Fist of the White Lotus will be remembered for many reasons, not only because it marks Lo Lieh's directorial debut. Few debuts come away with such credit, with only Sammo Hung's Iron Fisted Monk springing to mind. It fared well at the box-office taking HK $1,675,000 during its 9 week cinematic run. However, there is no doubt that Lo Lieh was aided by the presence of the legendary Liu Chia Liang who choreographed the frantic and technical fight scenes. Once again Gordon Liu is the hero pitted against two of his finest adversaries: Wang Lung Wei and Lo Lieh. I shall not even bother to mention all the films where the 'Master Killer' has faced up against these two first-rate pugilists!
Hsiao Hao capably provides support with a brief cameo in the opening
fight where Pai Mei is killed. Kara Hui Yung Hing plays the female lead
with the sort of power that was only possible after Yuko Mizuno's ground
breaking work in Shaolin Challenges
Ninja. Perhaps the only disappointment comes from Cheng Miu who fails
to shine amongst such a rich cast.
There are several angles to approach this film from. It is a tale of how grace and elegance are as important as force and power, it is a fantastical tale about a mystical kung fu master, it is a historical piece tracing the development of Hung Gar and ultimately it is a pure and simple revenge flick. The Ground Zero packaging incorrectly states that this is a remake of the classic Executioners from Shaolin, but it is actually a sequel. The confusion is because Lo Lieh plays a white haired kung fu master in both. In Executioners he is playing the Priest Pai Mei, but in the sequel he plays his classmate, the leader of the White Lotus Clan. After the White Lotus chief defeats Hu Yia Pin (Hsaio Hao), Liu saves the pregnant Kara Hui and trains to take his revenge.
However, not only does Liu have hundreds of guards and Wang Lung Wei to get past, but then he has the small matter of the White Lotus Chief! For those unfamiliar with Kung fu mysticism here are some of his powers: he can withdraw his testicles into his own body, he has a deadly 100 pace punch, he only has once weak spot and he floats to absorb the power of his opponent's blows! Eventually Kara Hui teaches him the art of 'embroidery' kung fu which combined with his Hung Gar animal styles, weapon skills and acupuncture skills means he is ready to fight to the death!
What will please many about this film is that there are the regular helpings of top class training and fight sequences. Liu Chia Liang puts in one of his best performances, probably aided by Lo Lieh directing allowing him to concentrate on the choreography. There are bloody massacres, training sequences with and without weapons, group fights, one vs. thirty fights and loads of one-on-one encounters with Liu mixing it up with Lo Lieh and Wang Lung Wei on several occasions. The only major disappointment of the film is Liu's second fight with Wang Lung Wei, as it seems rushed, sitting uneasily with the steady pace of the plot. Their first clash is possibly my favourite of the movie, it is not an explosive encounter, but those two just work like a charm together, helping to show that on-screen kung fu is nothing without timing.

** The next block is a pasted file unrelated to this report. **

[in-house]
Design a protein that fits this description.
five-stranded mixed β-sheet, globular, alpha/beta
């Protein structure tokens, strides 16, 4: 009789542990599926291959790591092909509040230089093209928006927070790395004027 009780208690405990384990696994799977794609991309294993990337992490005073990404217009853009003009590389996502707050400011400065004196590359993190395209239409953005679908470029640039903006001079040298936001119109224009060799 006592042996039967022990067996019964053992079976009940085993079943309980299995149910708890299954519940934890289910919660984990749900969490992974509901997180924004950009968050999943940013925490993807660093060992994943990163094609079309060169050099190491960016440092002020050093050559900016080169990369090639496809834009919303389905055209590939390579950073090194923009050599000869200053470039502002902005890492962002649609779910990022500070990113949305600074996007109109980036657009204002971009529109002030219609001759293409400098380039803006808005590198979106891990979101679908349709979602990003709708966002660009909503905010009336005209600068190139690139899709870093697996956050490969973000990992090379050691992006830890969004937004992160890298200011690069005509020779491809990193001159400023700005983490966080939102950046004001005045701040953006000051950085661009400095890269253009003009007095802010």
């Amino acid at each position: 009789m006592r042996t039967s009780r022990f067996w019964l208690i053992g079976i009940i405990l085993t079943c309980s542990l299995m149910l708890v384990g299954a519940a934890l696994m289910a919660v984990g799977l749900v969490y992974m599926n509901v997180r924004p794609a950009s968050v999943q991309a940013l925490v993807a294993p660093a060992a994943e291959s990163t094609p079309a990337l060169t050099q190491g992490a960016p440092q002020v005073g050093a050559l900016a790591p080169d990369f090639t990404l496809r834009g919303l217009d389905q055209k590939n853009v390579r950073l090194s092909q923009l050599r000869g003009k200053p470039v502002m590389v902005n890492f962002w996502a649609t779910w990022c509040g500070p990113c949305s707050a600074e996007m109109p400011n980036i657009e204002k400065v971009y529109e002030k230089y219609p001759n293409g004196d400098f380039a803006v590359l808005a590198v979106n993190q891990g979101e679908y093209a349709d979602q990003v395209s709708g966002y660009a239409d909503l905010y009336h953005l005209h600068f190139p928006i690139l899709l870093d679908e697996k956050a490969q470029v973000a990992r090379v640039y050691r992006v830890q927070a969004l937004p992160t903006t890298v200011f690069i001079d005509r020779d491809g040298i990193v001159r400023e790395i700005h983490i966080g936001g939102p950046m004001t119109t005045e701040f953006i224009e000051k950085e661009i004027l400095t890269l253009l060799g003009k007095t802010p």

The film also has some lighthearted moments which are a direct upshot of the success of Jackie Chan's Drunken Master. Responding to pressure the previously solemn Shaw Brother stable began to add humour with mixed success. The humour in this movie is pretty lacklustre offering the standard weakling character (epitomised by Dean Shek) and also by Gordon Liu initially mocking female kung fu (ermm 8th Drunken fairy - deja vous???). Overlooking the poor comedy, there is an enjoyable look at the grace and beauty of Kara Hui and the less forceful forms of kung fu. Common yarns normally involve the young hero learning a new deadly technique and it is refreshing (although not completely unique) to see a softer style being adopted to win the day (quite similar to many Tai Chi flicks).
Lo Lieh's direction is certainly a strong point of
the movie, and it seems surprising that many more directing roles did
not follow. This is not ground breaking cinema but it does show how a
fresh director can add a bit of individual flair whilst remaining true
to the Shaw Brothers tradition. Lo Lieh uses many more camera angles per
scene that typical Shaw Brothers works and he is prepared to use the staple
techniques: panning camera, zoom in and out, reverse shots, and even some
nudity (of himself - the less said the better!)
This is not anywhere near the worst disc to emerge from Ground Zero. The sound and picture are both adequate, and fortunately it is on a (semi) widescreen print. We are also treated to chapter stops as the only extras, but do we really expect anything more?
A fine directorial debut for Lo Lieh, plus a class performance
from him as the White Lotus Chief. Gordon Liu once again excels as the
kung fu hero on the revenge trail. But it is possibly Liu Chia Liang who
really shines as the choreographer displaying all manners of kung fu conflict
in this action packed classic. The only disappointments lie in the ill-judged
humour and arguable under-use of the excellent support cast, especially
Kara Hui and Wang Lung Wei. The best work from the Shaw Brothers in the
late 70's either came from the Venoms mob or from the nucleus of this
cast, and few movies better showcase what they had to offer to the Jade